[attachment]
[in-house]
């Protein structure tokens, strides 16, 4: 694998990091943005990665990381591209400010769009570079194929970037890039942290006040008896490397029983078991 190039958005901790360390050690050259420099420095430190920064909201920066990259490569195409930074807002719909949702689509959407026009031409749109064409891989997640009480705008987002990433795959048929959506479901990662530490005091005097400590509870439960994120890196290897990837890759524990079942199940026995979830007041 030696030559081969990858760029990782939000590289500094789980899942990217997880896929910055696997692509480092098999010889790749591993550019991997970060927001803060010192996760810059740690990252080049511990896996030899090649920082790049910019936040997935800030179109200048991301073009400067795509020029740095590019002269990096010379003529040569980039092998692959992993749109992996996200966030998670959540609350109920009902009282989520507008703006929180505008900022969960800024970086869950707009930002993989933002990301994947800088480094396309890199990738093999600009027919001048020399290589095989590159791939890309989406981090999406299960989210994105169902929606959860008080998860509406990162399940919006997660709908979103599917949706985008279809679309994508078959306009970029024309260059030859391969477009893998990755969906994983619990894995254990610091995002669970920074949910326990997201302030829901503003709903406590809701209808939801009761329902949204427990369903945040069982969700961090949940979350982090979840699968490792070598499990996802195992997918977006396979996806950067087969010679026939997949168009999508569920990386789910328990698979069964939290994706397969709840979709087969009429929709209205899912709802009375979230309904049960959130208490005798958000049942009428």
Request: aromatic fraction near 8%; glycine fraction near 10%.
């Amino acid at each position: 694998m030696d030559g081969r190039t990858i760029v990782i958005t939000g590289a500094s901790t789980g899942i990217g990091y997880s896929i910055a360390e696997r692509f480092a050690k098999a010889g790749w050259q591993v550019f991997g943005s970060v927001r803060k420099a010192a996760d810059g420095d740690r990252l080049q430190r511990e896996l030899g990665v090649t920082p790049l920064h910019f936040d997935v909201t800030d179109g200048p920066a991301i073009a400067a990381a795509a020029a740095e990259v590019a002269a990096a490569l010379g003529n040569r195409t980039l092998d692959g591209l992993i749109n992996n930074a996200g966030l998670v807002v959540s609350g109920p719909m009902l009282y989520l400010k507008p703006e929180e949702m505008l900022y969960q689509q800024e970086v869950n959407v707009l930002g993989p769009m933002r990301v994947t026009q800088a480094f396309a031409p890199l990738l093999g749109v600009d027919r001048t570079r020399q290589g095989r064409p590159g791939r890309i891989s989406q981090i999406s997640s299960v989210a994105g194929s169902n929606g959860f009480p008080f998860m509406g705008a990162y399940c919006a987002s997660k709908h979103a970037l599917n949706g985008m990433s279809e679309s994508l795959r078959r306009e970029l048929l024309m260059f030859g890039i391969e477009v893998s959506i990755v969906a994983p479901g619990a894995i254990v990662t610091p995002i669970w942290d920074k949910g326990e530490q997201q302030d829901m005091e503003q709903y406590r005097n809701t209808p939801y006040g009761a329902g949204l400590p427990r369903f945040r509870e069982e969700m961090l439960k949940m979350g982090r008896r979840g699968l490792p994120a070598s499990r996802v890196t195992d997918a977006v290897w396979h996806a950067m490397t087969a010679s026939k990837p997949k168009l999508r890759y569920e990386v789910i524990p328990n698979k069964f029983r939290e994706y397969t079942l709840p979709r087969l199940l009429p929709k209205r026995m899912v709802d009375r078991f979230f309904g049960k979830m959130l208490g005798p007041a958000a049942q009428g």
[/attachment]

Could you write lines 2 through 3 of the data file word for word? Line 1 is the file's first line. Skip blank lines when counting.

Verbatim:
């Protein structure tokens, strides 16, 4: 694998990091943005990665990381591209400010769009570079194929970037890039942290006040008896490397029983078991 190039958005901790360390050690050259420099420095430190920064909201920066990259490569195409930074807002719909949702689509959407026009031409749109064409891989997640009480705008987002990433795959048929959506479901990662530490005091005097400590509870439960994120890196290897990837890759524990079942199940026995979830007041 030696030559081969990858760029990782939000590289500094789980899942990217997880896929910055696997692509480092098999010889790749591993550019991997970060927001803060010192996760810059740690990252080049511990896996030899090649920082790049910019936040997935800030179109200048991301073009400067795509020029740095590019002269990096010379003529040569980039092998692959992993749109992996996200966030998670959540609350109920009902009282989520507008703006929180505008900022969960800024970086869950707009930002993989933002990301994947800088480094396309890199990738093999600009027919001048020399290589095989590159791939890309989406981090999406299960989210994105169902929606959860008080998860509406990162399940919006997660709908979103599917949706985008279809679309994508078959306009970029024309260059030859391969477009893998990755969906994983619990894995254990610091995002669970920074949910326990997201302030829901503003709903406590809701209808939801009761329902949204427990369903945040069982969700961090949940979350982090979840699968490792070598499990996802195992997918977006396979996806950067087969010679026939997949168009999508569920990386789910328990698979069964939290994706397969709840979709087969009429929709209205899912709802009375979230309904049960959130208490005798958000049942009428």
Request: aromatic fraction near 8%; glycine fraction near 10%.